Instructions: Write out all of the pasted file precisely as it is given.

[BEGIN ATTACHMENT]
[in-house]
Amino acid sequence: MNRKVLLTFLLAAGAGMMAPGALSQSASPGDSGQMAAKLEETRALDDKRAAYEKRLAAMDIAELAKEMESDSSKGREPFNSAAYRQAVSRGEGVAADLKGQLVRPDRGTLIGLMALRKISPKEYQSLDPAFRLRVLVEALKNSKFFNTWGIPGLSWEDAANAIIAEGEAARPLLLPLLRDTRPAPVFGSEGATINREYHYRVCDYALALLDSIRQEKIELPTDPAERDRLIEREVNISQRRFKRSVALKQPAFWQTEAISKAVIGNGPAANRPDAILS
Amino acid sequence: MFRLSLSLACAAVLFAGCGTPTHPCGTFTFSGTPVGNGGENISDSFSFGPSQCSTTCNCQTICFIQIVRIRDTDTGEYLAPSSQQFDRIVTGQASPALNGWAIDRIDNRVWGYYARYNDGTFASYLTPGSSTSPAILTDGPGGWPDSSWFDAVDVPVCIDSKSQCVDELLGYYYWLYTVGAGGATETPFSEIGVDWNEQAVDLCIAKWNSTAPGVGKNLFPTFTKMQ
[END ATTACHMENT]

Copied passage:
[in-house]
Amino acid sequence: MNRKVLLTFLLAAGAGMMAPGALSQSASPGDSGQMAAKLEETRALDDKRAAYEKRLAAMDIAELAKEMESDSSKGREPFNSAAYRQAVSRGEGVAADLKGQLVRPDRGTLIGLMALRKISPKEYQSLDPAFRLRVLVEALKNSKFFNTWGIPGLSWEDAANAIIAEGEAARPLLLPLLRDTRPAPVFGSEGATINREYHYRVCDYALALLDSIRQEKIELPTDPAERDRLIEREVNISQRRFKRSVALKQPAFWQTEAISKAVIGNGPAANRPDAILS
Amino acid sequence: MFRLSLSLACAAVLFAGCGTPTHPCGTFTFSGTPVGNGGENISDSFSFGPSQCSTTCNCQTICFIQIVRIRDTDTGEYLAPSSQQFDRIVTGQASPALNGWAIDRIDNRVWGYYARYNDGTFASYLTPGSSTSPAILTDGPGGWPDSSWFDAVDVPVCIDSKSQCVDELLGYYYWLYTVGAGGATETPFSEIGVDWNEQAVDLCIAKWNSTAPGVGKNLFPTFTKMQ